Lenders have different limits for car mileage and age, as well as the minimum amount a person can borrow, so make sure your needs fit within a lender’s requirements before you apply.

Applying to several auto refinance lenders and comparing offers give you the best chance of finding the lowest-rate loan with the shortest term. Make sure all applications are within a two-week window, so any hard credit inquiries are counted as one and have less effect on your credit scores.

Can you refinance a car loan with bad credit?

Refinancing an auto loan when you have bad credit can be difficult, but it might still be possible. Some lenders have minimum credit score requirements as low as 500. NerdWallet’s reviews of auto loan refinancing lenders show the minimum credit score for most.

But if your bad credit hasn't improved since getting your original loan, you will most likely have trouble finding a lender willing to refinance to a lower rate.

If you’re having trouble making car payments, talk to your current lender right away (before missing any payments). Some lenders have options to assist you that don’t require refinancing.

Can you get money back when you refinance an auto loan?

If your car is worth substantially more than you owe on it, some lenders allow what is known as cash-out auto refinancing. You borrow more than you owe on your current loan, pay off that lender and take the remainder in cash.

Interest rates for cash-out refinancing may be lower than those on a credit card or personal loan because the loan is secured by your car. But overborrowing against your car comes with risks. If your car is totaled or you eventually want to sell it, you might not receive enough from insurance or the buyer to pay off your loan balance. You would then be responsible for paying the remainder of the loan.

Last updated on July 17, 2024

Methodology

NerdWallet's review process surveys companies that offer any combination of new car purchase loans, used car purchase loans, auto refinance loans (traditional and/or cash-out) and lease buyout loans. These companies include direct lenders and aggregators; the latter group doesn't have in-house loan products but matches borrowers to third-party lenders within a network. Our aim is to provide an independent assessment of providers to help arm you with information to make sound, informed judgements on which ones will best meet your needs. We adhere to strict guidelines for editorial integrity.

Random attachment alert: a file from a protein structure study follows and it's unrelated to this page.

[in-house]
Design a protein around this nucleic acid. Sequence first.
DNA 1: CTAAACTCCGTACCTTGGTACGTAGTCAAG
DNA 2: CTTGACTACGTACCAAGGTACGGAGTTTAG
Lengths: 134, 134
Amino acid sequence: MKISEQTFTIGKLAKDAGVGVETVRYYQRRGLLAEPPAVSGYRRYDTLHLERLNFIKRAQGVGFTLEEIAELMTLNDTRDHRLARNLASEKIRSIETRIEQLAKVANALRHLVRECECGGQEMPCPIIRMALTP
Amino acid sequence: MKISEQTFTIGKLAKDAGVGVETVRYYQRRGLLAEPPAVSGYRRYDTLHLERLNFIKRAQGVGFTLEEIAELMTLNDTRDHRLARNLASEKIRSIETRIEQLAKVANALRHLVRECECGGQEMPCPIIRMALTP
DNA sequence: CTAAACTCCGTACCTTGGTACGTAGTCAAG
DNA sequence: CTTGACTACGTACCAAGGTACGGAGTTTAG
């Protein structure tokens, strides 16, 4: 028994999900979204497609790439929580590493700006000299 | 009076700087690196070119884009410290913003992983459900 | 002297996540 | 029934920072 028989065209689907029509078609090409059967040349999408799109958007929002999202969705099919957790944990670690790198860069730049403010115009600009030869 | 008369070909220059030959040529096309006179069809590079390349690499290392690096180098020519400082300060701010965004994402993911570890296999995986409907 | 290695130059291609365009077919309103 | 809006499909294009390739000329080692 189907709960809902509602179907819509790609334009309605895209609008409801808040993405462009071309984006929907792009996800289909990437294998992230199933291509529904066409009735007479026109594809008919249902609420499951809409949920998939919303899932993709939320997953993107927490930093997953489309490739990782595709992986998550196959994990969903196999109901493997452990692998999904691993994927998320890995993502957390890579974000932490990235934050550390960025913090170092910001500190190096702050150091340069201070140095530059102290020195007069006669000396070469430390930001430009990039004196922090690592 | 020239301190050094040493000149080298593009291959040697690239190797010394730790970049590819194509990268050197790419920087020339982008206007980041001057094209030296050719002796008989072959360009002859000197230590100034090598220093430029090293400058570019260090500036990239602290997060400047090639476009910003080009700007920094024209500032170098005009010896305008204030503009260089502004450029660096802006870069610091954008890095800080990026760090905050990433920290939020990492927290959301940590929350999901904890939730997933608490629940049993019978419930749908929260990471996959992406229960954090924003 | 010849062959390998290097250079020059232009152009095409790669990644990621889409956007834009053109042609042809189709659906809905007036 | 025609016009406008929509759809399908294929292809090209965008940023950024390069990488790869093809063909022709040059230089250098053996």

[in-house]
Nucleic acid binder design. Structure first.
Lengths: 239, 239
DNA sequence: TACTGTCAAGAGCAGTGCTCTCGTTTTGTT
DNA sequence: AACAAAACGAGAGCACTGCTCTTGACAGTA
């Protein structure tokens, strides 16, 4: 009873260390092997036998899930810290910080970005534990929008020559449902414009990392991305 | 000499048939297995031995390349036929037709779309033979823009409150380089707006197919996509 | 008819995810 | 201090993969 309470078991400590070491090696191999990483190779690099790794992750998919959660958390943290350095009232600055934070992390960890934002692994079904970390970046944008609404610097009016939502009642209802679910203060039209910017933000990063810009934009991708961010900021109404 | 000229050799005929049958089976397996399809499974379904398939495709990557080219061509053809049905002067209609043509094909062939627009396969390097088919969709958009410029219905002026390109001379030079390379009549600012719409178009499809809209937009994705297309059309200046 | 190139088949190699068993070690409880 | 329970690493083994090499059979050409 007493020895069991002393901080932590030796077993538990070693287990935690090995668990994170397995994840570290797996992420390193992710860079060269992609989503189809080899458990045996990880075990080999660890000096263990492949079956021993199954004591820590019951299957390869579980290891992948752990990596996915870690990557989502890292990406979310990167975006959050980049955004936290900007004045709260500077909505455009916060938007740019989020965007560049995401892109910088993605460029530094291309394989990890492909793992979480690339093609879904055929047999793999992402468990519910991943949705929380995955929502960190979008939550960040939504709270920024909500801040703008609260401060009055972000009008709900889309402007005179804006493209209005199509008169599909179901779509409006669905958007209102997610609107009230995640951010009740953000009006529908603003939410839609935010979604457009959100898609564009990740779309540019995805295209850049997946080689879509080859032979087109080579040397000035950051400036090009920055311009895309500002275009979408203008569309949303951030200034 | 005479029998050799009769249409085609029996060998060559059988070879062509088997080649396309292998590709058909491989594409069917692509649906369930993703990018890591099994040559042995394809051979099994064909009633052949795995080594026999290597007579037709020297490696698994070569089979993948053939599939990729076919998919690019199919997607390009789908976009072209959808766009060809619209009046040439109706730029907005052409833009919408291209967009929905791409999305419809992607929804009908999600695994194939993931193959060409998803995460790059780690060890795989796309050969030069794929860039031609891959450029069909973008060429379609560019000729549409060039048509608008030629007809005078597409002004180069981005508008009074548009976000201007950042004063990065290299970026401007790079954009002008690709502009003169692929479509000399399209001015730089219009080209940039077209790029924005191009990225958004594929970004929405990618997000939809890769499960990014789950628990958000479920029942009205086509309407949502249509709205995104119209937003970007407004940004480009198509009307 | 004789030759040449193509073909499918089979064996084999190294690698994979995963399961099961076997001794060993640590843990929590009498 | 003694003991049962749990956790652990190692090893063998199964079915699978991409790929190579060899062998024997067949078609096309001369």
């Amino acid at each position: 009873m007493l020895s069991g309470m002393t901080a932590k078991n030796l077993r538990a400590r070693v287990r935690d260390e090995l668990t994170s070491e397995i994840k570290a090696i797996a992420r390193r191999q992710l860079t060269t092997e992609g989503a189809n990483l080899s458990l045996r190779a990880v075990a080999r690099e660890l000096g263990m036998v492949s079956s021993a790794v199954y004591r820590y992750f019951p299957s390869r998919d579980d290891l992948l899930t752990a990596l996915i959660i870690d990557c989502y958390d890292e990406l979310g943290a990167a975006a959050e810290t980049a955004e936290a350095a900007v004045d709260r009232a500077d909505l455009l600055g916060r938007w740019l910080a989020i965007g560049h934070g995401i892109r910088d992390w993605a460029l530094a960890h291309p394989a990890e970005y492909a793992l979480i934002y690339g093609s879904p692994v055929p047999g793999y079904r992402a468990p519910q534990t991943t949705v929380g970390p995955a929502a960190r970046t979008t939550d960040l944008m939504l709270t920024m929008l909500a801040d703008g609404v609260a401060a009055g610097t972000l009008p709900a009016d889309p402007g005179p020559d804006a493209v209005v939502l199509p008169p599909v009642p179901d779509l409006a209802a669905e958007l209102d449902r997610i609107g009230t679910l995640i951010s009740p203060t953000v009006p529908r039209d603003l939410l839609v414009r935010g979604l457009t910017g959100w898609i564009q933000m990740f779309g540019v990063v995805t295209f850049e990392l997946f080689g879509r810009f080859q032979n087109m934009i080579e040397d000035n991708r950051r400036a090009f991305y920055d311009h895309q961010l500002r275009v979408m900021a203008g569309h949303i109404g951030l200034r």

Our survey for direct lenders has different questions than the survey for aggregators, but each includes more than 60 data points. NerdWallet independently confirms product details and, when necessary, follows up with company representatives. At least two writers and an editor verify the facts for every lender review to ensure data are accurate.

To receive a star rating, a provider must respond to NerdWallet’s annual auto loans survey. Star ratings are then assessed from poor (one star) to excellent (five stars).

For more details about the categories considered and our processes, read our full methodology for rating direct lenders and our full methodology for rating aggregators.

To recap our selections...

NerdWallet's Top Auto Loan Refinancing Lenders

Frequently asked questions

  • Most auto loans carry no prepayment penalty, so you most likely won't have any fees associated with ending your original loan. Some lenders do have application fees, so ask your auto refinancing lender about that. Also, some states require you to re-register the vehicle, so you could have registration or title transfer fees. Ask your local DMV about the requirements and costs in your state.

  • When you finance a car, whether you're buying or refinancing, the vehicle is collateral for the loan. Some lenders want a loan to be fully secured and won't provide a loan for more than 100% of the car's value. This is called the “loan-to-value” ratio or LTV. Other lenders make loans for more than 100% LTV, but usually only if the borrower has good credit. If you can refinance your upside-down car loan, it may be a way to get right-side up faster.

  • The process of refinancing a car loan is simple and straightforward. You apply for an auto refinance loan just as you would any other type of auto loan. Many lenders have online applications for auto loan refinancing, and some promise a loan decision in minutes.

    If you have poor credit, you may have more difficulty finding a lender willing to refinance your car loan. Also, some lenders require that you pay on an auto loan for several months before they will refinance it.

  • Most lenders will not refinance their own loans, so in most cases you will need to refinance your car with a different lender. There are some exceptions though. For example, Bank of America says it will refinance existing auto loans, so you should ask your current lender about its refinancing policies.

NerdWallet Pixel